'I thought, that's the kind of s**t heavy drug users pull. But for this kid to say that to me at that time was pretty deep and dark. But that's the kind of kid he was, deep into bad stuff.'
In his second year at Millbrook, Bobby began boasting that he was doing certain drugs intravenously - shooting up, like any street junkie.
One of those he told was his roommate Jamie Fanning.
'I can't say that I saw him put a needle in his arm,' he stated, 'but he talked like he was and he bragged about it. He'd say, 'When you're shooting speed it's such a good rush.'
'It was that kind of talk, more bragging, but I believed him. I'd known him then for a few months and knew he'd do anything. It was pretty clear he had some intravenous drug use back then, and he was the only person we knew who did.'
By the middle of Bobby's second year at Millbrook, around January 1970, he was placed on a secret short list of students considered too difficult to remain enrolled.
His behavior, particularly his drug use, had the administration concerned that if something happened to the young Kennedy, such as an overdose or worse, all hell would come down on the school and tarnish its reputation.
Peter Cole, who taught English, noted, 'We as faculty members all seemed to have this awareness of Bobby's behavior and were totally unable to do anything about it, We did catch him finally and he was going to get tossed.'
After Ethel booted Bobby out of their Hickory Hill home, she sent him off to prep school. His bad behavior and drug-taking got booted from the Millbrook School, the first of three he went to before he graduated
Lem Billings was called and, according to Donn Wright, who became the new headmaster, 'he didn't try to change anybody's minds. He accepted it.' Wright said he never heard from Bobby's mother after the decision was made to boot her son.
'It was kept 'very hush-hush,' recalled the music teacher James Hejduk. 'There was no gnashing of teeth and sobbing in the context of his leaving. Among the faculty there may have been a collective sigh of relief…because things with Bobby would have only escalated and the attitude was, okay, he's now the next school's problem.'
Two months after Bobby was expelled, he along with a cousin, Bobby Sargent Shriver III, son of the former U.S. Ambassador to France under JFK, were hauled into juvenile court in the town of Barnstable on Cape Cod on charges of marijuana possession.
Bobby's uncle, Ted, who had just faced the Chappaquiddick scandal, flew in from his senate office in Washington to stand up for his nephew. Ethel Kennedy issued the requisite concerned parent statement, calling Bobby a 'fine boy, and we have always been proud of him. I will stand by him.'
In fact, in private, she ranted, 'You've dragged your family's name through the mud.'
The hearing, lasting less than a half-hour, was held in private. Because it was the boys' first offense, they were placed on probation.
After it was all over, Bobby left home with $600, and traveled to California, sometimes riding the rails, and ended up in Berkeley where he bought drugs with money he panhandled. While on the road, the only person he touched base with was Lem Billings.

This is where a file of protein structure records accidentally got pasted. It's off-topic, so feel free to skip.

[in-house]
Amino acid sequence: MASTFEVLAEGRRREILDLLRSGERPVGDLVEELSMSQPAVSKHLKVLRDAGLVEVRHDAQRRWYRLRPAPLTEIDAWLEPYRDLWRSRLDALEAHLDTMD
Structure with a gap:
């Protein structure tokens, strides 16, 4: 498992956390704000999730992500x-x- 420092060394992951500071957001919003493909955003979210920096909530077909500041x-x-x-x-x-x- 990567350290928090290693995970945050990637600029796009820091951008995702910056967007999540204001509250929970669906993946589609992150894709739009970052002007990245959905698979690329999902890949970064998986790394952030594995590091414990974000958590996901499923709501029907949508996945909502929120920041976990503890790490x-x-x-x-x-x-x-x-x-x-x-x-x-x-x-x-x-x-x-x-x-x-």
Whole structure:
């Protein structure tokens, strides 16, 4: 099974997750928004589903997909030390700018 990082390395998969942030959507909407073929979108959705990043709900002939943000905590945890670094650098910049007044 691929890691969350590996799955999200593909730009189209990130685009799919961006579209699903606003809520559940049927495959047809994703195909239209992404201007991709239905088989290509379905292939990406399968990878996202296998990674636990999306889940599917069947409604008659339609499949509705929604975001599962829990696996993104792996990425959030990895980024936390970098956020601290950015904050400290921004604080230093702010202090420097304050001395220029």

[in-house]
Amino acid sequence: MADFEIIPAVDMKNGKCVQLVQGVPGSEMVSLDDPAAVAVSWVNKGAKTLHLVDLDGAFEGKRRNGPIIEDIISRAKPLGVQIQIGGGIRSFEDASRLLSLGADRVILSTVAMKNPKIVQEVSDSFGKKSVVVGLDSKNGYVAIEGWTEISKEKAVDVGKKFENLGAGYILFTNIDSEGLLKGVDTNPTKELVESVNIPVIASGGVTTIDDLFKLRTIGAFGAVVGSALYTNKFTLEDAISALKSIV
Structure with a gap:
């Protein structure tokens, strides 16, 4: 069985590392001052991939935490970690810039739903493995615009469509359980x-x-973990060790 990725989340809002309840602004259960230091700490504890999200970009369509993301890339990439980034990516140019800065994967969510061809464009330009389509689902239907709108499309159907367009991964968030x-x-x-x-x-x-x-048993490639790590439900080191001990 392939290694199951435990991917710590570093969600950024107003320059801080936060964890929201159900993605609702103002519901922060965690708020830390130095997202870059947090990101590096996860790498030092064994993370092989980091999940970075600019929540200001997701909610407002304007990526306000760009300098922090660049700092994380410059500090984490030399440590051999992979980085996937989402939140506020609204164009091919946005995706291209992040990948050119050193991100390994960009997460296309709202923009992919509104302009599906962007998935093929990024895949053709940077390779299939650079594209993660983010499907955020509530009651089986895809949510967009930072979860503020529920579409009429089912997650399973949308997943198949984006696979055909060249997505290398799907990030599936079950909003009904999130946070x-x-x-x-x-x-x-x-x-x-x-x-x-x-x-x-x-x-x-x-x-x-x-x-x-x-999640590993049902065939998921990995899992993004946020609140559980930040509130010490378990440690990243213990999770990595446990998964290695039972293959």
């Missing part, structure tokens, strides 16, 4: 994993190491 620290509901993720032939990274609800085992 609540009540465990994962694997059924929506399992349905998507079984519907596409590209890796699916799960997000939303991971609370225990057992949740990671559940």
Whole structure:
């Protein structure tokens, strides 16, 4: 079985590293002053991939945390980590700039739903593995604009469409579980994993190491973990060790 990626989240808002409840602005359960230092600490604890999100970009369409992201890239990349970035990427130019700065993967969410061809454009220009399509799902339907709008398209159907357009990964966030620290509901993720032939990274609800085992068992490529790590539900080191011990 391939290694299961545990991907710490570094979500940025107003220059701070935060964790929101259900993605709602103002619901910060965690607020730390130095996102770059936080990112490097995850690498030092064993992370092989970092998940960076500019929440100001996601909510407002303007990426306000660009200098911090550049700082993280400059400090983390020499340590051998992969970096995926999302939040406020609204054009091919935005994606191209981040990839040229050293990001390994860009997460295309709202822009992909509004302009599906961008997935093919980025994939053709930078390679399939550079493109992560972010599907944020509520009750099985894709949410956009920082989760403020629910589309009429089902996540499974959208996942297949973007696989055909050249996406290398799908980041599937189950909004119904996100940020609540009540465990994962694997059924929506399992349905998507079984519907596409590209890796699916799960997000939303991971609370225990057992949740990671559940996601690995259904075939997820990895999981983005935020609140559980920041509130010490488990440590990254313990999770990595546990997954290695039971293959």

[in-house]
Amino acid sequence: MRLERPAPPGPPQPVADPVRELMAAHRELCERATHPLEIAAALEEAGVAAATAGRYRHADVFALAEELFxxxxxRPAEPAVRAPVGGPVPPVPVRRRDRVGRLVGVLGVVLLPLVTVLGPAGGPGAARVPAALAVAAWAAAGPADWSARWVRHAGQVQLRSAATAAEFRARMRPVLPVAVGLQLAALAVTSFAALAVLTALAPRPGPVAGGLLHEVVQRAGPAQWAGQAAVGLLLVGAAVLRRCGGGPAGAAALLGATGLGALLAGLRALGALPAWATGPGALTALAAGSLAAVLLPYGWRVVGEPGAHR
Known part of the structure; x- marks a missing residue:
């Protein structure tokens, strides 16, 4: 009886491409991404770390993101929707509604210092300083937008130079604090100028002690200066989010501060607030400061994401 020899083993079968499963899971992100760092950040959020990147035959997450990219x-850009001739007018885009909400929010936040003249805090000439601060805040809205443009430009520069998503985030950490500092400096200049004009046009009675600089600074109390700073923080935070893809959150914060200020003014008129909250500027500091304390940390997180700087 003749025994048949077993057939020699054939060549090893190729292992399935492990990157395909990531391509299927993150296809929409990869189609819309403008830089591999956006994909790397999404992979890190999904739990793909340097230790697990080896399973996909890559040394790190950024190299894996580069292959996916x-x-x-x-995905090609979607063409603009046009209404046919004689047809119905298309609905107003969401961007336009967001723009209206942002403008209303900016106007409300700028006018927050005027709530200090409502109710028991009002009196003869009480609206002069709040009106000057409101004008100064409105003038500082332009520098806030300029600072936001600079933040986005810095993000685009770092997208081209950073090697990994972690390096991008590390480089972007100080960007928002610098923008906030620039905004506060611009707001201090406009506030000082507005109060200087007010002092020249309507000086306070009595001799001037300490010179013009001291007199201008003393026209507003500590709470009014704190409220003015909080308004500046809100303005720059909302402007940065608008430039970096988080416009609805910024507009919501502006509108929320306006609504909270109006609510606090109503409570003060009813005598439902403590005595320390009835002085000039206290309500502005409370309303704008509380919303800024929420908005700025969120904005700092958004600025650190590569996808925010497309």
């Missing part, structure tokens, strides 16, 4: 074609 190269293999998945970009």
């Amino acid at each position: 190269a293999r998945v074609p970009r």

Bobby's next school on his difficult road to a high school diploma was Pomfret, which was having its own troubles. But it was the only boarding school that Lem Billings could find that would admit him.
As Lindsey Cole Miesmer, a member of the class of 1972, who later became one of the school's trustees, noted, 'There was no school with any structure that Bobby could go to because Bobby was in trouble emotionally. Only a very liberal school [like Pomfret] that needed money would take him.'
Once again, Ethel Kennedy made just one appearance at the school, accompanied by Lem Billings, when Bobby was admitted, and 'everything had to go through Billings,' said Warren Geissinger, Bobby's Pomfret advisor, looking back years later.
'Ethel never had any contact about her son. Everything involving Bobby had to go through Billings. I was told by Billings, "Nothing ever goes directly to Ethel." And I think Billings had a way of editing things - painting the picture of Bobby's performance smoother than it really was.
'I had written a report on Bobby, and Billings answered it and didn't agree with me, and that's when I thought, "Uh-oh, he's in charge here. He's taken over."'
At Pomfret, Bobby didn't change his ways, despite his pot bust, and expulsion from Millbrook.
'Everybody was at least smoking pot - everybody - and a lot of people were doing LSD and other recreational stuff,' recalled classmate John Seibel, who became an attorney.
'But Bobby was doing a little more than some of the rest of us - a little more and maybe harder stuff than the rest of us.'
When he was in his late 20s, he'd be arrested for heroin possession, after overdoing on an airplane flight, on his way to get help for his addiction.
At Pomfret, he also ignored most of the white kids and hung out with a small group of black students who were part of a program to help underprivileged boys from the mean streets of New York City, some of them gang members.